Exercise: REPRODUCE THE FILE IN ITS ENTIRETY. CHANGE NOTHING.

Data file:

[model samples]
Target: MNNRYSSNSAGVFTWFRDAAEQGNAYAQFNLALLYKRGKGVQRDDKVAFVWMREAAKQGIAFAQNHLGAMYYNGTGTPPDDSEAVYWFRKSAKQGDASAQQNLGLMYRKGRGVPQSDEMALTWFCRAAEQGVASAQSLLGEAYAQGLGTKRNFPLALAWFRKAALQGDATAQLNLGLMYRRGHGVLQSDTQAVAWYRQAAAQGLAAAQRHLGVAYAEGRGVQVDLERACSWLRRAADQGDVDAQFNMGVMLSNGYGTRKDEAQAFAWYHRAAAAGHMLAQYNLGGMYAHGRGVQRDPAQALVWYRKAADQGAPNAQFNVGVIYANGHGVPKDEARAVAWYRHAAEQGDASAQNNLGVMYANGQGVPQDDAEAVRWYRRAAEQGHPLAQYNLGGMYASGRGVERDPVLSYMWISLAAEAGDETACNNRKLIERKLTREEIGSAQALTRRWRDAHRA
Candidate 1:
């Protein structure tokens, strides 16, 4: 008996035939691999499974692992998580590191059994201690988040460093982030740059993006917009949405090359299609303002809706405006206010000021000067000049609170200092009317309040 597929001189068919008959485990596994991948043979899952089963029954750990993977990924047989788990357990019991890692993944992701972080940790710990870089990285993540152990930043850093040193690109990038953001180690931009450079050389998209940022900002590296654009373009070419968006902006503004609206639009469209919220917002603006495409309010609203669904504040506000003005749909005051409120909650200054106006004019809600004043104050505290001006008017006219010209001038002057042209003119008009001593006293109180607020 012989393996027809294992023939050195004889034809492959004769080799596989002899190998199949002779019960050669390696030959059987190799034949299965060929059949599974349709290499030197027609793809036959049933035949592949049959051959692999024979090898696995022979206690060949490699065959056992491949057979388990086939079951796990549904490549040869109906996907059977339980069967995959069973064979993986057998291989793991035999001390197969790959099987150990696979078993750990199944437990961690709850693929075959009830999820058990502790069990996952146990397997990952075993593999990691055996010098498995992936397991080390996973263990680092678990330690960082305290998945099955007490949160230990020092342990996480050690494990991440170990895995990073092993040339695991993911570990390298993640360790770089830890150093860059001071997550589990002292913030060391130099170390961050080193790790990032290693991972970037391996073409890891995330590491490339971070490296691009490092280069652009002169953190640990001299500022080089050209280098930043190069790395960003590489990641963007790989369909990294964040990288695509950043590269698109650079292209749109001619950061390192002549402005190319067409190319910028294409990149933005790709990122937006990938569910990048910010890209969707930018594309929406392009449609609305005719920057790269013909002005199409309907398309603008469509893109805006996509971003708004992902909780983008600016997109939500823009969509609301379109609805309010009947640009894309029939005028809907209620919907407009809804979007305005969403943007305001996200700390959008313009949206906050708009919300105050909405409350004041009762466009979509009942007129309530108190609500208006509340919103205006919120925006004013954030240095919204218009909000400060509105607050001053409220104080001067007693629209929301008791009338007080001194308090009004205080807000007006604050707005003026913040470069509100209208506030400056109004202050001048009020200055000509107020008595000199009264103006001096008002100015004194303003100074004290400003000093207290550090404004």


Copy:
[model samples]
Target: MNNRYSSNSAGVFTWFRDAAEQGNAYAQFNLALLYKRGKGVQRDDKVAFVWMREAAKQGIAFAQNHLGAMYYNGTGTPPDDSEAVYWFRKSAKQGDASAQQNLGLMYRKGRGVPQSDEMALTWFCRAAEQGVASAQSLLGEAYAQGLGTKRNFPLALAWFRKAALQGDATAQLNLGLMYRRGHGVLQSDTQAVAWYRQAAAQGLAAAQRHLGVAYAEGRGVQVDLERACSWLRRAADQGDVDAQFNMGVMLSNGYGTRKDEAQAFAWYHRAAAAGHMLAQYNLGGMYAHGRGVQRDPAQALVWYRKAADQGAPNAQFNVGVIYANGHGVPKDEARAVAWYRHAAEQGDASAQNNLGVMYANGQGVPQDDAEAVRWYRRAAEQGHPLAQYNLGGMYASGRGVERDPVLSYMWISLAAEAGDETACNNRKLIERKLTREEIGSAQALTRRWRDAHRA
Candidate 1:
């Protein structure tokens, strides 16, 4: 008996035939691999499974692992998580590191059994201690988040460093982030740059993006917009949405090359299609303002809706405006206010000021000067000049609170200092009317309040 597929001189068919008959485990596994991948043979899952089963029954750990993977990924047989788990357990019991890692993944992701972080940790710990870089990285993540152990930043850093040193690109990038953001180690931009450079050389998209940022900002590296654009373009070419968006902006503004609206639009469209919220917002603006495409309010609203669904504040506000003005749909005051409120909650200054106006004019809600004043104050505290001006008017006219010209001038002057042209003119008009001593006293109180607020 012989393996027809294992023939050195004889034809492959004769080799596989002899190998199949002779019960050669390696030959059987190799034949299965060929059949599974349709290499030197027609793809036959049933035949592949049959051959692999024979090898696995022979206690060949490699065959056992491949057979388990086939079951796990549904490549040869109906996907059977339980069967995959069973064979993986057998291989793991035999001390197969790959099987150990696979078993750990199944437990961690709850693929075959009830999820058990502790069990996952146990397997990952075993593999990691055996010098498995992936397991080390996973263990680092678990330690960082305290998945099955007490949160230990020092342990996480050690494990991440170990895995990073092993040339695991993911570990390298993640360790770089830890150093860059001071997550589990002292913030060391130099170390961050080193790790990032290693991972970037391996073409890891995330590491490339971070490296691009490092280069652009002169953190640990001299500022080089050209280098930043190069790395960003590489990641963007790989369909990294964040990288695509950043590269698109650079292209749109001619950061390192002549402005190319067409190319910028294409990149933005790709990122937006990938569910990048910010890209969707930018594309929406392009449609609305005719920057790269013909002005199409309907398309603008469509893109805006996509971003708004992902909780983008600016997109939500823009969509609301379109609805309010009947640009894309029939005028809907209620919907407009809804979007305005969403943007305001996200700390959008313009949206906050708009919300105050909405409350004041009762466009979509009942007129309530108190609500208006509340919103205006919120925006004013954030240095919204218009909000400060509105607050001053409220104080001067007693629209929301008791009338007080001194308090009004205080807000007006604050707005003026913040470069509100209208506030400056109004202050001048009020200055000509107020008595000199009264103006001096008002100015004194303003100074004290400003000093207290550090404004």